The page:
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  • Water irrigation system in Batken, Kyrgyzstan.
    AKDN / Alma Uzbekova
University of Central Asia
Water resources in Central Asia: Thinking beyond scarcity

Despite the abundance of water sources in Central Asia, residents in many villages still do not have access to safe water due to the lack of necessary infrastructure. Villagers are facing difficulties daily, as some family members have to walk long distances to fetch water for drinking purposes and household needs.

The University of Central Asia’s (UCA) Mountain Societies Research Institute (MSRI) organised a “Fragile Water” exhibit in Bishkek (Kyrgyzstan). Schoolchildren from 10 local schools presented water related projects, as part of MSRI’s “Kyrgyz Mountains Environmental Education and Citizen Science” project.

MSRI also developed a manual on “Studying Water Through Experiments” within the framework of the project. It is aimed at improving access of rural schools in Kyrgyzstan to low-tech methods and experiments for engaging kids in learning and exploring their surroundings natural environment. The manual includes chapters on the general properties of water, watershed mapping and the water cycle, biological assessment of water quality through macro-invertebrates, how to build DIY microscopes, simple chemical experiments, as well as the measurement of water discharge from small rivers. The manual was developed for biology, geography, chemistry and physics teachers, and can also be used by children and parents interested in the practical exploration of scientific concepts. The manual is available in Russian and Kyrgyz for free download at: https://ucentralasia.org/Research/Item/1461/EN

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Schoolchildren learnt about water management through experiments in Naryn, Kyrgyz Republic.
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UCA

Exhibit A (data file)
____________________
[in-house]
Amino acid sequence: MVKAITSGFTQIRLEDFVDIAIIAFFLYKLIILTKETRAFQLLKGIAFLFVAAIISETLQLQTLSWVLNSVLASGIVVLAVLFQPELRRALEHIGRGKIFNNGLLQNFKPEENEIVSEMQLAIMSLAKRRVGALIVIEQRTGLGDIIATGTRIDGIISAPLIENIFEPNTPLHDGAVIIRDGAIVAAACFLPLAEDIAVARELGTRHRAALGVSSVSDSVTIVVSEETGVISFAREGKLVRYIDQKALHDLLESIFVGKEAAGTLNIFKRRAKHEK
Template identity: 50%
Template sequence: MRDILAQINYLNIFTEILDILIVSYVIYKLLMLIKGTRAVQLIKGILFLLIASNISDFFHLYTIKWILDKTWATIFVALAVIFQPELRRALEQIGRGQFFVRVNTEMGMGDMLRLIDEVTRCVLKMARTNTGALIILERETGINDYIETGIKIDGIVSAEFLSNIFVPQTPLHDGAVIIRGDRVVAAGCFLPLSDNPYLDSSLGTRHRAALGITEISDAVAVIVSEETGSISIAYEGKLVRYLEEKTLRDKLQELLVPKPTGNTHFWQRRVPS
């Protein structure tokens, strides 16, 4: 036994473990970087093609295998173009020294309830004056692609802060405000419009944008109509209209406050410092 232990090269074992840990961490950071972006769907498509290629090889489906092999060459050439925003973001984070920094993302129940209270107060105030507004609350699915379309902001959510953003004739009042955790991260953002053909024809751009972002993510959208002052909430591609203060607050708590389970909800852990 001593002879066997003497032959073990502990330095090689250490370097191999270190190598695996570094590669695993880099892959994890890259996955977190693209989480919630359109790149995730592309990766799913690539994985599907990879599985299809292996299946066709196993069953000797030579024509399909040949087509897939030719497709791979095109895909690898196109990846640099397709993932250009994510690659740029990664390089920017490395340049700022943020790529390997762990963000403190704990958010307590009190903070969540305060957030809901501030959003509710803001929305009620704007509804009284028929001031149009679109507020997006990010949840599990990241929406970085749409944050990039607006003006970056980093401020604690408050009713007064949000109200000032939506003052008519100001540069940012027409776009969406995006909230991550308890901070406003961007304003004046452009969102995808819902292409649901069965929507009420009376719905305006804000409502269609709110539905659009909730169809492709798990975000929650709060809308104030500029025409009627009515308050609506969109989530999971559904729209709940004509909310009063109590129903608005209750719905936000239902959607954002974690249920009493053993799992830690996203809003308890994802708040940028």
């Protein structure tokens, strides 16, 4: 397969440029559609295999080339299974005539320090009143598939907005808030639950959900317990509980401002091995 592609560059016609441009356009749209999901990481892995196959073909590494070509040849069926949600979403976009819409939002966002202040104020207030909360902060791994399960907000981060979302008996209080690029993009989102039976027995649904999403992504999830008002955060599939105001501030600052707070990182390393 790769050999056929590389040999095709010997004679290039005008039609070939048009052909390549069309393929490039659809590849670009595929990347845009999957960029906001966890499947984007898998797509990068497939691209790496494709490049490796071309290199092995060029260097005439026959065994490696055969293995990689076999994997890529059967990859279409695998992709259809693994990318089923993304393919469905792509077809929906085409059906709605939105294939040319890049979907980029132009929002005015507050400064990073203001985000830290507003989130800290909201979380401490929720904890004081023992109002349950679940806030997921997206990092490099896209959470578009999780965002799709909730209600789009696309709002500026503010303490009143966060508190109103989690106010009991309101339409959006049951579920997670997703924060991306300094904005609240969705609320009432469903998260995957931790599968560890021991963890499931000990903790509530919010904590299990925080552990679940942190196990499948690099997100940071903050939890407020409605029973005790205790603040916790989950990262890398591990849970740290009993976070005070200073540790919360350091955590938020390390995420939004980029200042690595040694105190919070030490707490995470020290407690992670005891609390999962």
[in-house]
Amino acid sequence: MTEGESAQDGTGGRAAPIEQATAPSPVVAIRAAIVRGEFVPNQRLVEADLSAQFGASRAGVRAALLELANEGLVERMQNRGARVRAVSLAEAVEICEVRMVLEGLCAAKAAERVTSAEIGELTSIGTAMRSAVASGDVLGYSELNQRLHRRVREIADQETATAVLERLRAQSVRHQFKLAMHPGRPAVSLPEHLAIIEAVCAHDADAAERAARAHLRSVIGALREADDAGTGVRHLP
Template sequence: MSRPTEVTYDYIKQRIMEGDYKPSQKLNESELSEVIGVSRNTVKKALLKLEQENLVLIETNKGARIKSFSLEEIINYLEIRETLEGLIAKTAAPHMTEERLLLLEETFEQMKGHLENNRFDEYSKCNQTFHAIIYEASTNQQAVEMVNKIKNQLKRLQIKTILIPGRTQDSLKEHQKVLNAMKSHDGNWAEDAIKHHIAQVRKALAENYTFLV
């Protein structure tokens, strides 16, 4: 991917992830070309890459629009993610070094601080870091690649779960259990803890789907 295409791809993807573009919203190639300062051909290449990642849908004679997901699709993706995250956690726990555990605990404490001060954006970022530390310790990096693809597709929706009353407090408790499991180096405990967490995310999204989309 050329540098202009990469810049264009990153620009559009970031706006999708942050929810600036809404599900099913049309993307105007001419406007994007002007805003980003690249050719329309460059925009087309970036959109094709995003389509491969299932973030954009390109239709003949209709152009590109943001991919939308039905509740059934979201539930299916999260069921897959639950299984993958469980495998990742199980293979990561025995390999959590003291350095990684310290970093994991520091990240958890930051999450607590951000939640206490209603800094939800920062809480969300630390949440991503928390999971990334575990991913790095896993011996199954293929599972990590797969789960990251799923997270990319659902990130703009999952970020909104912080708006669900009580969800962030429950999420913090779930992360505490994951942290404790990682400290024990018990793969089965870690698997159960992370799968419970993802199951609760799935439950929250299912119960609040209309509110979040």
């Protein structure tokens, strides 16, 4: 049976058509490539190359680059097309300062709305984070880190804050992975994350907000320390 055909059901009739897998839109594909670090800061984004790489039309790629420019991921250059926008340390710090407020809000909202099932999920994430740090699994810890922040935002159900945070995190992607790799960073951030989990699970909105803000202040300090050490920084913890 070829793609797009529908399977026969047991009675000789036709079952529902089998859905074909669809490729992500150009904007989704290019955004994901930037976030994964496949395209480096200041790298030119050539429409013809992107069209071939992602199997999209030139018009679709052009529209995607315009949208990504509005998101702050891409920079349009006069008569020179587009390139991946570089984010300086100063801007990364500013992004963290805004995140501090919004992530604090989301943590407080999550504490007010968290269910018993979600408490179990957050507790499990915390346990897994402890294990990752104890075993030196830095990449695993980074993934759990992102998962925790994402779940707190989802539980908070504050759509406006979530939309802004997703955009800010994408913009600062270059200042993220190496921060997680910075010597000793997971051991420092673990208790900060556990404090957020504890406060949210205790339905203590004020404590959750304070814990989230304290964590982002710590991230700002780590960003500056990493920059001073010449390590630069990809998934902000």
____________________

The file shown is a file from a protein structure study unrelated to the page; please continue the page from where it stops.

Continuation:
Water is the focus of many other research works by UCA’s Mountain Societies Research Institute, which is intended to inform and support the decision making processes in Central Asia. The main use of water in the region is for irrigation, and it plays a crucial role in the livelihoods of rural households, where the discourse concerning water scarcity is often focused on the lack of water.

In contrast, MSRI’s research paper on “Natural Resource Management Dynamics in Border Communities of Kyrgyzstan and Tajikistan” argues that the per capita amount of water available in Kyrgyzstan and Tajikistan is high, in comparison with many European countries. Their rates of water withdrawal are also proportionally much higher than in Europe. For example, freshwater withdrawal is particularly high in Tajikistan, where it represents 51% of the total renewable water resources.

The research report on Natural Resource Management was developed by MSRI as part of the “Reducing Conflict Over Water and Pastures in Kyrgyzstan and Tajikistan” project. While research on conflict over natural resources is generally focused on preventing violence, less attention is paid to the dynamics of disputes and cooperation. Filling this gap, MSRI’s report provides insight into the institutions, and local dynamics involved in natural resource management in border communities. It also offers solution-oriented recommendations to address existing management challenges.

Conflicts over natural resources are particularly acute along the Tajik-Kyrgyz border, affecting the livelihood of households in Batken (Kyrgyzstan) and Soghd (Tajikistan) provinces, where around a quarter of the population still lives below the poverty line. Inhabitants are primarily involved in cultivating crops, keeping livestock, and rely on the transborder use of water and pasture resources to do so. As border regimes and institutional management rules change, farmers face constraints in accessing these resources. Learn more in MSRI’s report, which is available for free download at: https://ucentralasia.org/Research/Item/1148/EN

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